Indiana Parenting Time (Visitation) Schedule Guidelines

A parenting time schedule (formerly called a visitation schedule) explains when your child lives and spends time with each parent. It's often part of a parenting plan, which details your co-parenting rules.

In a settlement, parents agree to a parenting time schedule that they submit to the court for approval. When parents can't agree, each can submit a proposed schedule in a final custody hearing, and a judge decides parenting time.

Custody X Change is software that creates customizable parenting schedules and plans.

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A schedule should allow each parent ample time with the child. It's common, however, for the child to live with one parent more than the other. The parent with more time is called the custodial parent, and the other the noncustodial parent. (These parents often still share joint legal custody.)

The number of annual overnights the child spends with each parent is a factor when calculating child support.

The IN Parenting Time Guidelines and minimum parenting time

The Indiana Parenting Time Guidelines suggest how much custody time the noncustodial parent should get at a minimum, based on the child's age. For example, for a 4-year-old child, the noncustodial parent's minimum time is a variation of the alternating weekends schedule:

  • Alternating weekends (Friday evening to Sunday evening)
  • An additional weekly visit of up to four hours, ending by 9 p.m.
  • Up to four week-long visits per year
  • Alternating holidays and school breaks (annually)

Parents can choose to follow the guidelines if that works best for them and their child. However, the guidelines are really meant to guide families in creating a custom parenting calendar.

The guidelines also help judges decide schedules when parents can’t agree. However, judges don't always order a guideline schedule as-is. If the noncustodial parent wants more than the minimum time, they often get it. And if the parent is deemed a risk to the child, the judge may order less than the minimum recommended time — and possibly supervised parenting time.

When unmarried parents sign a paternity affidavit, the father automatically gets the minimum time unless otherwise agreed upon by parents or ordered by the court.

If you opt to follow the guideline parenting time schedule, check that box on your court paperwork. Experts recommend making a visual calendar that details your exchange times, including for holidays and school breaks.

Making a parenting time schedule

When making your own schedule with the other parent, you can agree on any arrangement that works best for your situation — as long as it's in your child's best interests (which is determined by the judge who reviews your settlement).

Schedules giving the noncustodial parent at least the amount of time suggested by the guidelines are more likely to get approved (unless your case involves domestic violence or other safety issues). If you like a schedule that gives them less time than suggested, you can use holidays and school breaks to increase their annual parenting time.

When you make a custom parenting time schedule, the court requires a written explanation of it. Experts recommend also creating a visual calendar because it’s typically easier to understand and follow.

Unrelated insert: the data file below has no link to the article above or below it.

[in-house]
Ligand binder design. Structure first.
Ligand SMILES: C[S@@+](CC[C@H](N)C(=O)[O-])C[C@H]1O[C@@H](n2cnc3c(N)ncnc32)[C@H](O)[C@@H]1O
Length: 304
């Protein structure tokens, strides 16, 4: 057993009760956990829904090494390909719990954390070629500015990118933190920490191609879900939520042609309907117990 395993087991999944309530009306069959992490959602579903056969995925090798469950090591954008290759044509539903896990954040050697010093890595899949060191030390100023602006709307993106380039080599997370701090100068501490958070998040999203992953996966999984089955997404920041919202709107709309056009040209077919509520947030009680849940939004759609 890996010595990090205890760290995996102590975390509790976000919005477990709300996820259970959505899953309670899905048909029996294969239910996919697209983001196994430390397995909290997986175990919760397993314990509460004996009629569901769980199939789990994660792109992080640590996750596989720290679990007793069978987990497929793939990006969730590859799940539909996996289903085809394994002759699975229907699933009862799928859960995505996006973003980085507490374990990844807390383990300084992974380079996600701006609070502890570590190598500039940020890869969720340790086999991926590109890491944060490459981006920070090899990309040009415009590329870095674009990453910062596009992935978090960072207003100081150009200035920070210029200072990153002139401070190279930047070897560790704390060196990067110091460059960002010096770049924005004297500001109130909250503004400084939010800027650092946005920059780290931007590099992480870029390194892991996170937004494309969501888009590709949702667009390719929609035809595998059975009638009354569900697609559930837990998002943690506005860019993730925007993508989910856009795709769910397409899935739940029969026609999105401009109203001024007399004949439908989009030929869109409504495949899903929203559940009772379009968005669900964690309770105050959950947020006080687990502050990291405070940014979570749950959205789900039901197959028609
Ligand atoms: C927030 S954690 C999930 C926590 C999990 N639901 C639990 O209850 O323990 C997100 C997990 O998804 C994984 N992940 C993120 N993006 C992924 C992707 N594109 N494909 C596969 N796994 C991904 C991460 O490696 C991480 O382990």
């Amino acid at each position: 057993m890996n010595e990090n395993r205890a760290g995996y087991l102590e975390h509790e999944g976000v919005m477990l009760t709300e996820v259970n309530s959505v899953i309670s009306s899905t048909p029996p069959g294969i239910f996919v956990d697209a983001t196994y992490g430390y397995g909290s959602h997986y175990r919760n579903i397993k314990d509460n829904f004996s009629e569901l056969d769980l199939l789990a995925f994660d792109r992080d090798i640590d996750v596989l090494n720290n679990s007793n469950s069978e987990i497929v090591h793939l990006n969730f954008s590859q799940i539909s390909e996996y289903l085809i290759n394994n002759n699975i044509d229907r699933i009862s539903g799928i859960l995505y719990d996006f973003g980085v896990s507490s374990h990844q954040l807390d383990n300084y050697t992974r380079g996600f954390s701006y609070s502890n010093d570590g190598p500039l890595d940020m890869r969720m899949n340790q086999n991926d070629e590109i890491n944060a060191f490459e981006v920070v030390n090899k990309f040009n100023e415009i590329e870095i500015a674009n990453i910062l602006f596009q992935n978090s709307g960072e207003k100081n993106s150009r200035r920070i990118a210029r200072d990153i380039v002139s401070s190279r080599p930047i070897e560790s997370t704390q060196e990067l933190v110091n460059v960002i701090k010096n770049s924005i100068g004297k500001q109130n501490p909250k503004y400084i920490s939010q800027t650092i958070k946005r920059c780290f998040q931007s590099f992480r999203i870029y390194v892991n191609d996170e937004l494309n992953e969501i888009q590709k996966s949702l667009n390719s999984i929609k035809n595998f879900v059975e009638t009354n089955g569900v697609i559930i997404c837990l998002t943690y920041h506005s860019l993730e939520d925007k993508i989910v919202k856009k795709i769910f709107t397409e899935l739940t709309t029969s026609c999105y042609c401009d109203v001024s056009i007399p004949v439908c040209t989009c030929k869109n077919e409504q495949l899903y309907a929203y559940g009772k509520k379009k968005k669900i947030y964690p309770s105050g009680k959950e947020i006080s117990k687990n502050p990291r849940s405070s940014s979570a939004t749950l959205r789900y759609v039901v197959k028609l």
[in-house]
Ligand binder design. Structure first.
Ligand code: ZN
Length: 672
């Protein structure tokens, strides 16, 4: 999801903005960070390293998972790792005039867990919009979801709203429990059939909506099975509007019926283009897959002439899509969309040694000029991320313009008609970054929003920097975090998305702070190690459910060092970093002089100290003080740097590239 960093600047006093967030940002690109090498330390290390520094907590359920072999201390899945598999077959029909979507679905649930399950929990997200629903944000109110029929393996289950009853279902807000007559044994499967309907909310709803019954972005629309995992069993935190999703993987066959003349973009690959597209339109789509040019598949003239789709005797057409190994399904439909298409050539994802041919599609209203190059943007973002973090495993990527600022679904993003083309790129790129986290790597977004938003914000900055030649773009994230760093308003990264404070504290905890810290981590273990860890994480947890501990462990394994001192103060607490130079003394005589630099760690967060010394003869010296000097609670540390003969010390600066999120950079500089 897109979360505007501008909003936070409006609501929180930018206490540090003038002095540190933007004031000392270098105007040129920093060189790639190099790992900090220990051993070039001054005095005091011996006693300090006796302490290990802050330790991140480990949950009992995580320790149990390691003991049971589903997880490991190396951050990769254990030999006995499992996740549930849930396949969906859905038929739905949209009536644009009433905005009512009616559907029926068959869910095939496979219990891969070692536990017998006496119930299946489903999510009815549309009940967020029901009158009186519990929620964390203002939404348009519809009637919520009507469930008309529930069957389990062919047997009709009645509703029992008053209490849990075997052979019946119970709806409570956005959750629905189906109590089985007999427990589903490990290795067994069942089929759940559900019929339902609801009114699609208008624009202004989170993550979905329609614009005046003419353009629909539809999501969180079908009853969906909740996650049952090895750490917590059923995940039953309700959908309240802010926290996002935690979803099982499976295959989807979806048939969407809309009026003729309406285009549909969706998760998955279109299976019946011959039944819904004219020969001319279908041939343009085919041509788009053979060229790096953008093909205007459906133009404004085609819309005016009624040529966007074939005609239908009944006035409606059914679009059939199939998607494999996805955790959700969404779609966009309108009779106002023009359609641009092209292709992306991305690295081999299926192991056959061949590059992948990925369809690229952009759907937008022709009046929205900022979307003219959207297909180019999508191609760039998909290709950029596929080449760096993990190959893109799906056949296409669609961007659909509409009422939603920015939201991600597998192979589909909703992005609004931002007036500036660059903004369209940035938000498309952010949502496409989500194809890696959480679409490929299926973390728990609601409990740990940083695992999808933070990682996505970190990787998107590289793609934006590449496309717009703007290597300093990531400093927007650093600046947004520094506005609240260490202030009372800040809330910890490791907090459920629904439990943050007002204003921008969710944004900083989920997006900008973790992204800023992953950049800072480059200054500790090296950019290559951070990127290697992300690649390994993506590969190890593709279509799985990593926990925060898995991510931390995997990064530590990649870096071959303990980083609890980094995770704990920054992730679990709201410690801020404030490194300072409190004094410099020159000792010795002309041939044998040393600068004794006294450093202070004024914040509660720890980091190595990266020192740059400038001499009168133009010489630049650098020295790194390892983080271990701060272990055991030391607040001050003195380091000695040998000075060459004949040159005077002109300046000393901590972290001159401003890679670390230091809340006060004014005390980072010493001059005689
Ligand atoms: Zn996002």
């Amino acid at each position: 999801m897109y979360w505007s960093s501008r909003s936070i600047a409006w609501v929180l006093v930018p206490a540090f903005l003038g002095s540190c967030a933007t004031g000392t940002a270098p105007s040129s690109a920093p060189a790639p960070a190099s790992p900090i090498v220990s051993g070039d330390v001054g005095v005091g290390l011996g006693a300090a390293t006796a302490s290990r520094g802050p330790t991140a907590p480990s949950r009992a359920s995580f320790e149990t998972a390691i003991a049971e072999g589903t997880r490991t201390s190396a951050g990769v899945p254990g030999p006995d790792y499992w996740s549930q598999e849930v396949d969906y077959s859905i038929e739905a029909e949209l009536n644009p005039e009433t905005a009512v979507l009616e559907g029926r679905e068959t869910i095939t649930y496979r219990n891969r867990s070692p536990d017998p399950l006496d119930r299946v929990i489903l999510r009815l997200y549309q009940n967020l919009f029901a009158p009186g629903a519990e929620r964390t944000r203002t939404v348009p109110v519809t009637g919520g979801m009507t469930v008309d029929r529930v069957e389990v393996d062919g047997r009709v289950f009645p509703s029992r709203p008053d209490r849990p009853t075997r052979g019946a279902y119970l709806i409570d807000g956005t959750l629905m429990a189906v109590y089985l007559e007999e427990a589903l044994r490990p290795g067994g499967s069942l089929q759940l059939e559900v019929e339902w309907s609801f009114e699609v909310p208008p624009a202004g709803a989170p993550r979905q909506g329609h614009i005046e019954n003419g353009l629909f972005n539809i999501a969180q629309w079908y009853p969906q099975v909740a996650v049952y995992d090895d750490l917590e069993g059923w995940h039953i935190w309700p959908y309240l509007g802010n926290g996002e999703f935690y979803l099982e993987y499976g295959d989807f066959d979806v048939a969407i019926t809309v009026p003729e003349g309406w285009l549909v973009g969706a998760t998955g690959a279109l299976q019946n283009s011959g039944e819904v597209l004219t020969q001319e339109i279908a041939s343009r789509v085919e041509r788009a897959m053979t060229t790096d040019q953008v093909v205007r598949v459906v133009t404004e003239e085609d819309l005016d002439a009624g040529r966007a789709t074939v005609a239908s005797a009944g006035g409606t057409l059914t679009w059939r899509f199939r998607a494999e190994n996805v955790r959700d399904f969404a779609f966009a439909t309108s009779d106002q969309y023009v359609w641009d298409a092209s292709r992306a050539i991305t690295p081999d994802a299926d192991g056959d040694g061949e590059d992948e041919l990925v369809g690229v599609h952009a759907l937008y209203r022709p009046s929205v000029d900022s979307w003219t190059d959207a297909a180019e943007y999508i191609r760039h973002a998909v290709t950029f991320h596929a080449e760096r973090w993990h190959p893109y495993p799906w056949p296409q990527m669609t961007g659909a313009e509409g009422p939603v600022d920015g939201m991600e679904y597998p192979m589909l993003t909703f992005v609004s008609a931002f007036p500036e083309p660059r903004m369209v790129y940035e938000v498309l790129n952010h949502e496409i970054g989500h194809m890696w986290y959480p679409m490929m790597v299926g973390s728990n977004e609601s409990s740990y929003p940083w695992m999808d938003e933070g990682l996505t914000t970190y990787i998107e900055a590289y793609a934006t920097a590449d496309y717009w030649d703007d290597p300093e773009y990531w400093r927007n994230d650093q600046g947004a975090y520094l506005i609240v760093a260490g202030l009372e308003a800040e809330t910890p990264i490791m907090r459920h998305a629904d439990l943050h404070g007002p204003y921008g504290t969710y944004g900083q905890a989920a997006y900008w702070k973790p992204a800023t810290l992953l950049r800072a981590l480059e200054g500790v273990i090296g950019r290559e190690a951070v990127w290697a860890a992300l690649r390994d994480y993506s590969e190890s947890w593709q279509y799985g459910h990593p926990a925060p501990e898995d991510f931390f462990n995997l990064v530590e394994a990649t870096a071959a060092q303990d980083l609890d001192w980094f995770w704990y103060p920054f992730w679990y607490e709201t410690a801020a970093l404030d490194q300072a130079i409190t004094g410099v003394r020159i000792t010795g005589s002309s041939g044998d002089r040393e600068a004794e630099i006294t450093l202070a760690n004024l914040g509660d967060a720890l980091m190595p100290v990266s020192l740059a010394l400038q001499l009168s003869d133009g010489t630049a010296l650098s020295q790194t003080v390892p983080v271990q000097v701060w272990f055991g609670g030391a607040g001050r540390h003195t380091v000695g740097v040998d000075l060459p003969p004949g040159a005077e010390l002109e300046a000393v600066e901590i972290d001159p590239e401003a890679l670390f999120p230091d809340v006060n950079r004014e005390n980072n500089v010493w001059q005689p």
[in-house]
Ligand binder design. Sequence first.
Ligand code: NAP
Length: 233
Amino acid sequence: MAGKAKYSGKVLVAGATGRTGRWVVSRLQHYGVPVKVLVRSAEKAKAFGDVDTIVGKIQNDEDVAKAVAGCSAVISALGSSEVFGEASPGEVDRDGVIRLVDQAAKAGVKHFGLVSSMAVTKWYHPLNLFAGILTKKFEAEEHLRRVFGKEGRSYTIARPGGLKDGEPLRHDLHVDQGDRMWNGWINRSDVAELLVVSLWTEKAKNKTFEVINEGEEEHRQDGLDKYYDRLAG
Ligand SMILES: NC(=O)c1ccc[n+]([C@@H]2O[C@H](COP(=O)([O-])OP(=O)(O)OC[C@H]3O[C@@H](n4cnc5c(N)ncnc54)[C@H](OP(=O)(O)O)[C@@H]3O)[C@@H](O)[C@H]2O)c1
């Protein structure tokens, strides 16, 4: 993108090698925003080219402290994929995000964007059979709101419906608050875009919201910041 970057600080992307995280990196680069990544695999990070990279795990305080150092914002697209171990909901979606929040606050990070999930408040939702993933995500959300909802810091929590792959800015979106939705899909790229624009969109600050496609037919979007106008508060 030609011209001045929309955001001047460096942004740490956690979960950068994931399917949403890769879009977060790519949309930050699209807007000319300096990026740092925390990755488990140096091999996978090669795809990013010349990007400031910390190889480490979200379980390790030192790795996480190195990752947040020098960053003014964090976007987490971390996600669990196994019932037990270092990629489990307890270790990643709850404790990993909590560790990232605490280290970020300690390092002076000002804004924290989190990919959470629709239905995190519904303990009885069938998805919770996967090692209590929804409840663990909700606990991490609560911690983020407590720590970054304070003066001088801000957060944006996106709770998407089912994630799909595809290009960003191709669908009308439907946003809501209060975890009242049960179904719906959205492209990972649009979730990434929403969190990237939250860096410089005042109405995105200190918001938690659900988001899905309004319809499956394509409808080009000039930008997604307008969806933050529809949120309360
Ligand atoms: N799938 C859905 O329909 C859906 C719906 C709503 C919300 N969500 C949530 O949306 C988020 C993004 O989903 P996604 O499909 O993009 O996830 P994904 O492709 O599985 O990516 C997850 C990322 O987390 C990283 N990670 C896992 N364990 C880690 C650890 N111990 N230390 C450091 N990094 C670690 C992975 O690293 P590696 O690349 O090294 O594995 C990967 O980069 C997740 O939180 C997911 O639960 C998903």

To create both a visual and written schedule, use the Custody X Change app, which guides you through each step. Make a visual schedule and the app automatically puts it in writing.

To help you reach an agreement with the other parent, create multiple calendars for negotiations. Be sure to tailor your schedule to your children's unique needs.

Common parenting time schedules

You have countless options for parenting time schedules. You can adapt a common schedule (like the ones below) to your family's needs or invent your own.

Equal parenting time schedules

In the 2-2-3 schedule, the child spends two days with one parent, two days with the other, and then three days with the first parent. Then, the schedule switches the following week.


In the 2-2-5-5 schedule, the child lives with one parent for two days, then with the other for two days, then lives five days with each parent.


Parents with long commutes between homes often use the alternating weeks schedule, in which the child spends seven days with one parent, then seven days with the other.

Schedules for other divisions of parenting time

In the every extended weekend schedule, the child lives with the custodial parent during the week and spends every Friday afternoon to Monday morning with the noncustodial parent.


The 4-3 schedule has children live with the residential parent for four days, then with the other for three days.


In the every third weekend schedule, the child lives with one parent and visits the other parent every third weekend. (The visit will not always fall on the third weekend of a calendar month.)

The easiest way to make a schedule

If you're like most parents, writing a parenting time schedule will feel daunting. How do you write something that meets legal requirements and doesn't leave any loose ends?

Custody X Change makes it easy. First, click and drag in your color-coded calendar.

Then watch a full description appear in your parenting plan.

The written description is what the court will enforce if your schedule becomes a court order. Take advantage of Custody X Change to make it as clear and thorough as can be.

Custody X Change is software that creates customizable parenting schedules and plans.

Make My Indiana Schedule Now

Custody X Change is software that creates customizable parenting schedules and plans.

Make My Schedule
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Custody X Change is software that creates customizable parenting schedules and plans.

Make My Indiana Schedule Now

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